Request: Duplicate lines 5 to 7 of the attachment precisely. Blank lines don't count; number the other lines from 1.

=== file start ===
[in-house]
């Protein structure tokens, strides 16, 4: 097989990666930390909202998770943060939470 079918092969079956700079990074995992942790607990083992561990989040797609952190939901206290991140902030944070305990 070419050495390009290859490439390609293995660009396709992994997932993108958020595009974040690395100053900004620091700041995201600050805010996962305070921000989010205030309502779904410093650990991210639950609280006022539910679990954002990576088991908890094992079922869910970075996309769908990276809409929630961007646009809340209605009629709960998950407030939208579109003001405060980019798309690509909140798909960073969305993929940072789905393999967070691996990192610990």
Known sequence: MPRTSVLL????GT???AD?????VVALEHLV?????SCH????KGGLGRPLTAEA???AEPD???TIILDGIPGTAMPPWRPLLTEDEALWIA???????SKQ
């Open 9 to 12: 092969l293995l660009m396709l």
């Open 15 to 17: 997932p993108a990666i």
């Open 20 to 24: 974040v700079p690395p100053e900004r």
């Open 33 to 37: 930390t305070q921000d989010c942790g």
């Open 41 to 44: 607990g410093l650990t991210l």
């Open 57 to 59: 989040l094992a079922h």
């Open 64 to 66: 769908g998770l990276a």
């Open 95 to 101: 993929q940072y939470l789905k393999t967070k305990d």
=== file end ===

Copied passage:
């Open 15 to 17: 997932p993108a990666i």
């Open 20 to 24: 974040v700079p690395p100053e900004r």
């Open 33 to 37: 930390t305070q921000d989010c942790g």